Urban Dictionary

Studio 23 Saturdays 9:00-10:00 PM
If you have been looking for an intelligent and fresh perspective into the typical teenager’s life of joys and woes, then you would probably find something worth watching in this TV drama. From the creators of The West Wing, Jack and Bobby looks into the personal lives of two adolescent brothers; one of them eventually becomes the future US president. In the story, president-to-be Bobby McCallister (Logan Lerman) lives a life that not many teens are strangers to. He has an overprotective mother (Christine Lahti) with a smoking problem, his older brother Jack (Matt Long) openly admits that he is embarrassed of him, and people claim that his personality would fit the words “totally uncool.” With each episode, Bobby experiences incidents in his teenage life and learns lessons that would ultimately affect who he becomes as the U.S. president. A particularly interesting feature to note is that the show uses flash-forward interview segments. Several 15-second interviews (that take place in year 2049) with President McCallister’s colleagues take over the screen in between parts of the story. The only drawback is, at certain points, the interviews could be quite distracting to the viewers since they interrupt the flow of the story. On the whole, though, Jack and Bobby would be just the thing to watch if you want to kick back and relax. The plot is interesting enough, and the acting is good, though there is still room for improvement. - Nino Rivera

Jack & Bobby

WEBSITE

TELEVISION

- Jensen Ching

- Ramona Torres

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The Lounge

the Man Behind the Pig’s Nest
MARIA CARMELA SIOCO AND NICOLE TANGCO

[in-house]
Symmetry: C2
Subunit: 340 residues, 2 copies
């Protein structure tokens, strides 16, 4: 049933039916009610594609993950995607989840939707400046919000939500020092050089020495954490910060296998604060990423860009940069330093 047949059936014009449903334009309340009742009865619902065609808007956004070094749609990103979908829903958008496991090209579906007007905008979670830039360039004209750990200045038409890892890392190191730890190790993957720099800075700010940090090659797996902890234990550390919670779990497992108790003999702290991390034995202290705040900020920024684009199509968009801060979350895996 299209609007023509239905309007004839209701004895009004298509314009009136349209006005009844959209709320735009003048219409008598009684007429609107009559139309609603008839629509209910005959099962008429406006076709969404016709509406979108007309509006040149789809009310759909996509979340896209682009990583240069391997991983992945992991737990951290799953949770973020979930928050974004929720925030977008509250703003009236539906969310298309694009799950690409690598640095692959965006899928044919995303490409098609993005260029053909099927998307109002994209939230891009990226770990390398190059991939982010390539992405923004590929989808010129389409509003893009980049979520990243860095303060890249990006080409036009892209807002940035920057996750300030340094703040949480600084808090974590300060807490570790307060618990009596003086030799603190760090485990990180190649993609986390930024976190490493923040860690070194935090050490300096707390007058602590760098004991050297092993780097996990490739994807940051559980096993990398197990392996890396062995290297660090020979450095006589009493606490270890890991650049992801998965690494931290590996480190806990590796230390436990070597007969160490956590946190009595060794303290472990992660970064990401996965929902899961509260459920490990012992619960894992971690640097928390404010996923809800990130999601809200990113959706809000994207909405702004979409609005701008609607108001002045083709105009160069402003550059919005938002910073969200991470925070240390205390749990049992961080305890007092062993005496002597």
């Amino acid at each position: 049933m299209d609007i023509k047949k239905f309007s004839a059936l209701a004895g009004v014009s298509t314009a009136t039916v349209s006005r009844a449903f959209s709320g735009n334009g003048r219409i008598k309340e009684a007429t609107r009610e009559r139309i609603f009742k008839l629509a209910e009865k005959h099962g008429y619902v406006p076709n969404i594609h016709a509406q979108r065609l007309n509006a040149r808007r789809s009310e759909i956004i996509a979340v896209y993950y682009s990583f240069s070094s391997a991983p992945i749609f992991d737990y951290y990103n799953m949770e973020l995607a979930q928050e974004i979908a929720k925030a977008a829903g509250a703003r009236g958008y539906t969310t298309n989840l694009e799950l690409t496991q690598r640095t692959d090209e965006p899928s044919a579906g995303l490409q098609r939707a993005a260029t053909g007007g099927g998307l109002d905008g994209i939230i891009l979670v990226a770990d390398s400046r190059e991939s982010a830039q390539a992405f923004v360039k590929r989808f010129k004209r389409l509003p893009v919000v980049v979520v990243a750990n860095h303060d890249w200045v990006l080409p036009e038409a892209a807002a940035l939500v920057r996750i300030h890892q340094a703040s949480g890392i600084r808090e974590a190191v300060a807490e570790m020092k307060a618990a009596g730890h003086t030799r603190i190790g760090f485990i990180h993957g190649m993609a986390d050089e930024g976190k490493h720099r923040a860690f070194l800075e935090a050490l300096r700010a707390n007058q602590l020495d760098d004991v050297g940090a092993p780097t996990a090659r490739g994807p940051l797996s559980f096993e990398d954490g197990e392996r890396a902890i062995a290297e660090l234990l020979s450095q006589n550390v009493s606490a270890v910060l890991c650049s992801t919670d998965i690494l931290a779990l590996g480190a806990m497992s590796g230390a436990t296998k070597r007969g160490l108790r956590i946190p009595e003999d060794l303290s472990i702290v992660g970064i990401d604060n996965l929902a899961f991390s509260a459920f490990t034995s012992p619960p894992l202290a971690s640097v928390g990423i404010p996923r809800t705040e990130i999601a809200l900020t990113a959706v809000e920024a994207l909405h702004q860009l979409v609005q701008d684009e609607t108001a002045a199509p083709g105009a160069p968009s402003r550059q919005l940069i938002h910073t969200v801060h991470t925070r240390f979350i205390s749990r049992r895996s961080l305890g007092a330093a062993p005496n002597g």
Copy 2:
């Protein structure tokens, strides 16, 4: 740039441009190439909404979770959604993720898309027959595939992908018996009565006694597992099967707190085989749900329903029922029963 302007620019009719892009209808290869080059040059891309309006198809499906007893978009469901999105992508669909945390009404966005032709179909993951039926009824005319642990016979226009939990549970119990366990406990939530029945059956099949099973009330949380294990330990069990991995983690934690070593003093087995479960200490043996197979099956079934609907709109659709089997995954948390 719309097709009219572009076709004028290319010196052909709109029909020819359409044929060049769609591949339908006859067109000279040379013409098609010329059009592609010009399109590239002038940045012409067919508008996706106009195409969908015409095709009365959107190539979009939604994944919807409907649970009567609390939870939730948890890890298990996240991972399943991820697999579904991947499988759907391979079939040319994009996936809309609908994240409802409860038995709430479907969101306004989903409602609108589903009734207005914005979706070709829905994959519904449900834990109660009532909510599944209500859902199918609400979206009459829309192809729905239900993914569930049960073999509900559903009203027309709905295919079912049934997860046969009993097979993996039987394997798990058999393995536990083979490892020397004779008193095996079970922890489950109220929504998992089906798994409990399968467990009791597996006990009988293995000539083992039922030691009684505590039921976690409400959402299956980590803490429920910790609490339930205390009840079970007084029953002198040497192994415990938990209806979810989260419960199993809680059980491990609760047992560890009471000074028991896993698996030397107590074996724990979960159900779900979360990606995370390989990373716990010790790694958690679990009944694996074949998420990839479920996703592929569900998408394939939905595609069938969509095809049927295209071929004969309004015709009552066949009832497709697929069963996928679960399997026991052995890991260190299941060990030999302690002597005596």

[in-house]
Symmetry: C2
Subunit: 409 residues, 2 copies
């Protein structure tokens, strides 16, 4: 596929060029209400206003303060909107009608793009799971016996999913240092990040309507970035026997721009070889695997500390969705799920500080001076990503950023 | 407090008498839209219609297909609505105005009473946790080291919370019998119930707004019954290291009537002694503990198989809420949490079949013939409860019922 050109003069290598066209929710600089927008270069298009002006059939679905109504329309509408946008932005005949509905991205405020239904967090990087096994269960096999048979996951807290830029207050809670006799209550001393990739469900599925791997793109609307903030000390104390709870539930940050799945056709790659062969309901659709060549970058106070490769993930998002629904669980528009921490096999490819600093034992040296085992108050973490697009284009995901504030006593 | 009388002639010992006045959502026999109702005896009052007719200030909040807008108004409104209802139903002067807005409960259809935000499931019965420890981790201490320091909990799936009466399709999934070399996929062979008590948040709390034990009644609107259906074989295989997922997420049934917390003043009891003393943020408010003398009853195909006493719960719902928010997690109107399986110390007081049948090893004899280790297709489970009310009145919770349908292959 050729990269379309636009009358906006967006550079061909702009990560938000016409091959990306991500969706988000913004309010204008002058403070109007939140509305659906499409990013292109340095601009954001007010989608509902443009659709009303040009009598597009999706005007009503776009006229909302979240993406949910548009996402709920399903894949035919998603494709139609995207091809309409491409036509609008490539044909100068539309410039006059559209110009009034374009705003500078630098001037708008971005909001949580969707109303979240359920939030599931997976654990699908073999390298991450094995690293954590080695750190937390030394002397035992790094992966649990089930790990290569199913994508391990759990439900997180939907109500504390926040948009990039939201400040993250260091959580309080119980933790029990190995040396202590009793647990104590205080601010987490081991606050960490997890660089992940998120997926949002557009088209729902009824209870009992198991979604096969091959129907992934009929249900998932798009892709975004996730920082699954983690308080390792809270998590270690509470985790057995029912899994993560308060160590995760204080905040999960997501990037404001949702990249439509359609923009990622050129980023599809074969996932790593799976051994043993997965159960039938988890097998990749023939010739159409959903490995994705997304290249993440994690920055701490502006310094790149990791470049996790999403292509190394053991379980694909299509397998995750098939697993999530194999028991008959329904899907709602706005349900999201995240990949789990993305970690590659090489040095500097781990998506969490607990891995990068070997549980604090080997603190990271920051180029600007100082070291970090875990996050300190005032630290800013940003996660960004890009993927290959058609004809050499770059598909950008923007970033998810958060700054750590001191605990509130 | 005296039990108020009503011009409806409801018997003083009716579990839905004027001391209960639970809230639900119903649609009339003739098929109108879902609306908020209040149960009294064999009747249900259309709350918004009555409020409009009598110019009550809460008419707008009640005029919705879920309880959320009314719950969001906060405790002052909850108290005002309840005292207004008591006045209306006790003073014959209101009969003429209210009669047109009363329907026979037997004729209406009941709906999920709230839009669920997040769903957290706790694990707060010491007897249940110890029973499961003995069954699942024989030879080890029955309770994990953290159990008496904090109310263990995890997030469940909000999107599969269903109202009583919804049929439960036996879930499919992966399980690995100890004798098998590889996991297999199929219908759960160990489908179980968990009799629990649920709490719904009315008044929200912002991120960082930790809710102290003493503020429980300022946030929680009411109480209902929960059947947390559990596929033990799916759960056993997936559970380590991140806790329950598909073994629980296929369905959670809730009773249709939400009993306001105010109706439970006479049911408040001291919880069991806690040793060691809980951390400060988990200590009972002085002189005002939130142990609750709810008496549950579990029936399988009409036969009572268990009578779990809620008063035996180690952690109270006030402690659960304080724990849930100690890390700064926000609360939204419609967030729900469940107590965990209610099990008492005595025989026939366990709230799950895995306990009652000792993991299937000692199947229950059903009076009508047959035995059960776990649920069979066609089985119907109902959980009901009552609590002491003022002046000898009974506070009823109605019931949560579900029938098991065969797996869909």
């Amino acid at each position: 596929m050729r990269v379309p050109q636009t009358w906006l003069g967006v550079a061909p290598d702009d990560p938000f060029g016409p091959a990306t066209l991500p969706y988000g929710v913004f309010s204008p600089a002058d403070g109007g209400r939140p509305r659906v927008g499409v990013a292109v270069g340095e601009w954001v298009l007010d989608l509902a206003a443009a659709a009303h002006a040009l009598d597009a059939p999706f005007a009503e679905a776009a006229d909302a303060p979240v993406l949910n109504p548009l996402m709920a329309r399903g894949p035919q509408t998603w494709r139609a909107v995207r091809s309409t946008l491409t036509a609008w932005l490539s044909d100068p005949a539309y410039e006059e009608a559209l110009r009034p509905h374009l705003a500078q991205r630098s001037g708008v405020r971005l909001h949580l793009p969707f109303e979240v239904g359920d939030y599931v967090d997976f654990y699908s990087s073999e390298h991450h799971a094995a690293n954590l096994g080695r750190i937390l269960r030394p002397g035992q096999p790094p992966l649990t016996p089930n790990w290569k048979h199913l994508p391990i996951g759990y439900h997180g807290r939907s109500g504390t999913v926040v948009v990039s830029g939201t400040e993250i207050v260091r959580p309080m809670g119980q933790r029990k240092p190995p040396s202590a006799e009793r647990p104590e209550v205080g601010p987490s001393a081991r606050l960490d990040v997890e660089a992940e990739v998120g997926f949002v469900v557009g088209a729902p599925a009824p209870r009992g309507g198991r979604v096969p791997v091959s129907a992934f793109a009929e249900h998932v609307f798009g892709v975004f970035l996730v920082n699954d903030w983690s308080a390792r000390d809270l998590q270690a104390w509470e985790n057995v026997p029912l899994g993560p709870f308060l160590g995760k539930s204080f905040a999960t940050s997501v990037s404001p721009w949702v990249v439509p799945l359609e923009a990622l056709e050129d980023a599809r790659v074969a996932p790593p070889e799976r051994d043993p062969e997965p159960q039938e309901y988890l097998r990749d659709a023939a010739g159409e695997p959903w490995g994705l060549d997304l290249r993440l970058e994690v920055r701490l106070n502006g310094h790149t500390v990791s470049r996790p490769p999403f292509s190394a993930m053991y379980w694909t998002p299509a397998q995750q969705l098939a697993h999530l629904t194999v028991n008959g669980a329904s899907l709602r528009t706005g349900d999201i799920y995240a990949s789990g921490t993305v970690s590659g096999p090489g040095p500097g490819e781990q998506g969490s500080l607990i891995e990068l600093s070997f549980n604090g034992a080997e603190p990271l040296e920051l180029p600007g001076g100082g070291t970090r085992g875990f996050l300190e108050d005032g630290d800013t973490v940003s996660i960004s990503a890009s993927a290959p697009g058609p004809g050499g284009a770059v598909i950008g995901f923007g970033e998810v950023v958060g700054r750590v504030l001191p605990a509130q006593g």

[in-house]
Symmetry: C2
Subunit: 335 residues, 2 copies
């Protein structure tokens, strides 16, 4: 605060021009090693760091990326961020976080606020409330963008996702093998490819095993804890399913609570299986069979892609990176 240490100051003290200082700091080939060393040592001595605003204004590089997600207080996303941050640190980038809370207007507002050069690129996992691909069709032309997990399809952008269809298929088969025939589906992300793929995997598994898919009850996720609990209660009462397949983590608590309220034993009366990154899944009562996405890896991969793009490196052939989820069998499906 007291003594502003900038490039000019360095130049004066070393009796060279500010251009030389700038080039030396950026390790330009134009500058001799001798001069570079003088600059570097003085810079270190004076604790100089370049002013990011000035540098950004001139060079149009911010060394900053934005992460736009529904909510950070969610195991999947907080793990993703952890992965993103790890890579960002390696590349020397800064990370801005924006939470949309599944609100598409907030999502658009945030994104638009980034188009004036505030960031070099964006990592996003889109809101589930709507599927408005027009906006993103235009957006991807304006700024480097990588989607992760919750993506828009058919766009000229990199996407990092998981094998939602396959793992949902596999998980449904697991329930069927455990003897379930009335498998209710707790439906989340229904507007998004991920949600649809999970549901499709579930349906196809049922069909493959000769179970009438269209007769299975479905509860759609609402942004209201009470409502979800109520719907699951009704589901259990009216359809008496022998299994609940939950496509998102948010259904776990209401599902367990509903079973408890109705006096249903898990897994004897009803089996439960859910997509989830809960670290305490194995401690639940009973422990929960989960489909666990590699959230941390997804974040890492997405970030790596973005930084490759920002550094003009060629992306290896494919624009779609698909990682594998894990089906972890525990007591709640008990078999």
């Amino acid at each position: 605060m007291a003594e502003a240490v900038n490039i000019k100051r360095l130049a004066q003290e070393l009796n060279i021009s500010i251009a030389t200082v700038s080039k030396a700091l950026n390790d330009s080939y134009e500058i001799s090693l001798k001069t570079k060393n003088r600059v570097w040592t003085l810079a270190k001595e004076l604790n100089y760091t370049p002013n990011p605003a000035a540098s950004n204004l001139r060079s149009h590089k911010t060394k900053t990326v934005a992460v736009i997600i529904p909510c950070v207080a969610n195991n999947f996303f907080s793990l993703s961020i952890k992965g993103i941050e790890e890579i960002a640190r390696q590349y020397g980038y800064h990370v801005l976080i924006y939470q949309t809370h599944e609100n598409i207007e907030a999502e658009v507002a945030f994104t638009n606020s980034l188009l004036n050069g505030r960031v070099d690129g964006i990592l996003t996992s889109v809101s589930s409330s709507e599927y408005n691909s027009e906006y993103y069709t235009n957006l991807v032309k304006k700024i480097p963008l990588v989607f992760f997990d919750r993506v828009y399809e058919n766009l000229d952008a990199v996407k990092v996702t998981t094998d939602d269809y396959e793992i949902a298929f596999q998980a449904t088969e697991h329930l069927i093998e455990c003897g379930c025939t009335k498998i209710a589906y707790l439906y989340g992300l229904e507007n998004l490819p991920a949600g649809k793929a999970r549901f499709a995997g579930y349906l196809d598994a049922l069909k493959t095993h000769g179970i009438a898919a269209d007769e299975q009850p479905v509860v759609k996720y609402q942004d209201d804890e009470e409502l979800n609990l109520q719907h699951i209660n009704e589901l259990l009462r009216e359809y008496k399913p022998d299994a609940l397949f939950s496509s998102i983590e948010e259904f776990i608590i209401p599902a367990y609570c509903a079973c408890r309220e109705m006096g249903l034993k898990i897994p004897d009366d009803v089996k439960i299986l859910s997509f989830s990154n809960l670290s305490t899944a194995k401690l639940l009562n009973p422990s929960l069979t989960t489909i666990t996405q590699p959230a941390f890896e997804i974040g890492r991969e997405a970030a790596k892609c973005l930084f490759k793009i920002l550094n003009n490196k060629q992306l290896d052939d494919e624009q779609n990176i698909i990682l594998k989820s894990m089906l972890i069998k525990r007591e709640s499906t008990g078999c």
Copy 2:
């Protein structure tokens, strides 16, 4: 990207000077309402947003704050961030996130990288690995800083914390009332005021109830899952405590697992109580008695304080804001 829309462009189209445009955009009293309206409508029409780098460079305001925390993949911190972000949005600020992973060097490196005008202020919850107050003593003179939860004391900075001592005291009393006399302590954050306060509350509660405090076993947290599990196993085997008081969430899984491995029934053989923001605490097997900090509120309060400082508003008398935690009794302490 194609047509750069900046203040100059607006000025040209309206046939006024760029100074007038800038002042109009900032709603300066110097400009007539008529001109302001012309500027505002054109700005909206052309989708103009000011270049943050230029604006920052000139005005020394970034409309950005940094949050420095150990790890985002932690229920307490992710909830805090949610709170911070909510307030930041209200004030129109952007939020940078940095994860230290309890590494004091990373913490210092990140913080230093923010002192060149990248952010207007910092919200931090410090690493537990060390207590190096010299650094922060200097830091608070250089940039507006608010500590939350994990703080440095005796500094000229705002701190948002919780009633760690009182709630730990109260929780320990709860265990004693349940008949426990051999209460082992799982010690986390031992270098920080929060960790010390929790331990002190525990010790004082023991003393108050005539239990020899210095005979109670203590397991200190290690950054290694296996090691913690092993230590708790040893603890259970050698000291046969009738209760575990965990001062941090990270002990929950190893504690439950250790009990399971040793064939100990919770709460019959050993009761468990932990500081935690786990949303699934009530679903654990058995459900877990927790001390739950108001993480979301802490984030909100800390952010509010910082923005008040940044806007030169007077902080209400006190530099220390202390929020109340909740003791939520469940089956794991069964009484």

Normally, when you call up a celebrity, you’d expect a secretary to pick up the phone. You’re made to wait a century before you’re told “Sorry, but Mr./Ms. Big-So-and-So cannot come to the phone right now” and “If you would be so kind as to just schedule an interview some other time”. But in this man’s case, it was a complete surprise. He not only answered his own telephone for this interview, he also candidly spoke of his schedule for the day and kept joking around. Apolonio “Pol” Medina, Jr. is the highly acclaimed virtuoso behind the Pugad Baboy series that has been entertaining the Philippine populace for seventeen years. His handiwork appears everyday in the Philippine Daily Inquirer and over the years, he has compiled his works into books. He has so far produced seventeen volumes of his sometimes biting, sometimes green but always entertaining strips. But despite all the fame that this cartoonist has amassed throughout his career, he remains to be a down-to-earth man who has his feet planted firmly on the ground. The keeper of the pigs When one thinks of a cartoonist, one usually visualizes the shabby-looking bum-type with all his time in his hands. At least for Pol, this is not so. As a cartoonist for a major daily broadsheet, one of the main difficulties is that there are absolutely no sabbaticals; there is not so much as a day’s break. “If I want to take a week off, I have to submit a week’s worth of comics in advance,” Pol explains. But the work is only half of it. Cartoonists may have a Bohemian glamour to them, but they also have normal lives. Pol is the man of the house of five children. A regular day for Pol starts with a wake up call at five AM. He is both family cook and “school bus driver.” He prepares his children’s baon and drives them to and from school. It is only when he finally gets time to sit down that he starts sketching his cartoons. Architecture, Iraq and the Inquirer While Pol’s life may now be quite comfortable, like most things, it wasn’t